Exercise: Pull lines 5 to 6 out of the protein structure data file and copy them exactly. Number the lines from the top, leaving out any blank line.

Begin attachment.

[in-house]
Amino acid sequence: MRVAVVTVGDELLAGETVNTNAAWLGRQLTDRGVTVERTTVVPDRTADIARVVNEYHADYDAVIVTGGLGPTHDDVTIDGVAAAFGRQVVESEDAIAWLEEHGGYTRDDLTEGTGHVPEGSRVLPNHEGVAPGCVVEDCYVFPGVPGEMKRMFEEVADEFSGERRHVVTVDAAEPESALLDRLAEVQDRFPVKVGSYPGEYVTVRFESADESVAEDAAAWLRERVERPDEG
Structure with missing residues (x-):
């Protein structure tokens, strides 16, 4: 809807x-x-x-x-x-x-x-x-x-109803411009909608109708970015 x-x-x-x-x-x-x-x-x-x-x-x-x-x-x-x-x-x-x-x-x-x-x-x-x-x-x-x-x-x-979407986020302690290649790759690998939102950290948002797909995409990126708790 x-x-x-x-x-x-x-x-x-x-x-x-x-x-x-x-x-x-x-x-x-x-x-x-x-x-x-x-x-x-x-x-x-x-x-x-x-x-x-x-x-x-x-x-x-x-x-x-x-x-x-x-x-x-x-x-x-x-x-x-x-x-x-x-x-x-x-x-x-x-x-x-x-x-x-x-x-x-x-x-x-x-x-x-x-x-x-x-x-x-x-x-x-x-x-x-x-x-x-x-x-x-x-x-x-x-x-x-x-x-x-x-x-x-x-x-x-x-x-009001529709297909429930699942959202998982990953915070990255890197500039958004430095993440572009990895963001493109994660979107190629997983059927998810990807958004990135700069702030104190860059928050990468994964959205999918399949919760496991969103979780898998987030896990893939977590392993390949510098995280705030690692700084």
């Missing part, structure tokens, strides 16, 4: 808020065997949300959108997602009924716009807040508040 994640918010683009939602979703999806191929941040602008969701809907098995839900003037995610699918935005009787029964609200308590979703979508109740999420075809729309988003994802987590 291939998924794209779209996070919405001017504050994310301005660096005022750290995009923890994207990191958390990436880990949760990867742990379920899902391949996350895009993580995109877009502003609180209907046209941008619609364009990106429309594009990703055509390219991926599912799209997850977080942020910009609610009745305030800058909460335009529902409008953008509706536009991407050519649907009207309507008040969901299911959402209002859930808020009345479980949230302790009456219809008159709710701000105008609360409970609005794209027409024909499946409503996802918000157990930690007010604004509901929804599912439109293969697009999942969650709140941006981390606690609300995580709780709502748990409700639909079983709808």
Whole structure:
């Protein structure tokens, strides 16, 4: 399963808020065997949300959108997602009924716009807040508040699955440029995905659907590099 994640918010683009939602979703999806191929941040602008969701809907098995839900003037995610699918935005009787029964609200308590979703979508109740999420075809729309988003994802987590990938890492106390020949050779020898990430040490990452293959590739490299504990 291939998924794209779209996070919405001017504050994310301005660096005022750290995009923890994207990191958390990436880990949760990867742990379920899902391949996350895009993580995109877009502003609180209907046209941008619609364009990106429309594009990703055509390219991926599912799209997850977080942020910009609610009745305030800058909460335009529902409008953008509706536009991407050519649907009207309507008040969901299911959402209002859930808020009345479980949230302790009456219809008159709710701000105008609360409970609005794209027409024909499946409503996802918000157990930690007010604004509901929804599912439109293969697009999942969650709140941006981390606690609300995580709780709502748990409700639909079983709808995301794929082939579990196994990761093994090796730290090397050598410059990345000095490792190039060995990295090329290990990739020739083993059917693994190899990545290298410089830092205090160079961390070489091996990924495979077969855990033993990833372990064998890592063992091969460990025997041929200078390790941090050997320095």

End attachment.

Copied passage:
């Missing part, structure tokens, strides 16, 4: 808020065997949300959108997602009924716009807040508040 994640918010683009939602979703999806191929941040602008969701809907098995839900003037995610699918935005009787029964609200308590979703979508109740999420075809729309988003994802987590 291939998924794209779209996070919405001017504050994310301005660096005022750290995009923890994207990191958390990436880990949760990867742990379920899902391949996350895009993580995109877009502003609180209907046209941008619609364009990106429309594009990703055509390219991926599912799209997850977080942020910009609610009745305030800058909460335009529902409008953008509706536009991407050519649907009207309507008040969901299911959402209002859930808020009345479980949230302790009456219809008159709710701000105008609360409970609005794209027409024909499946409503996802918000157990930690007010604004509901929804599912439109293969697009999942969650709140941006981390606690609300995580709780709502748990409700639909079983709808």
Whole structure: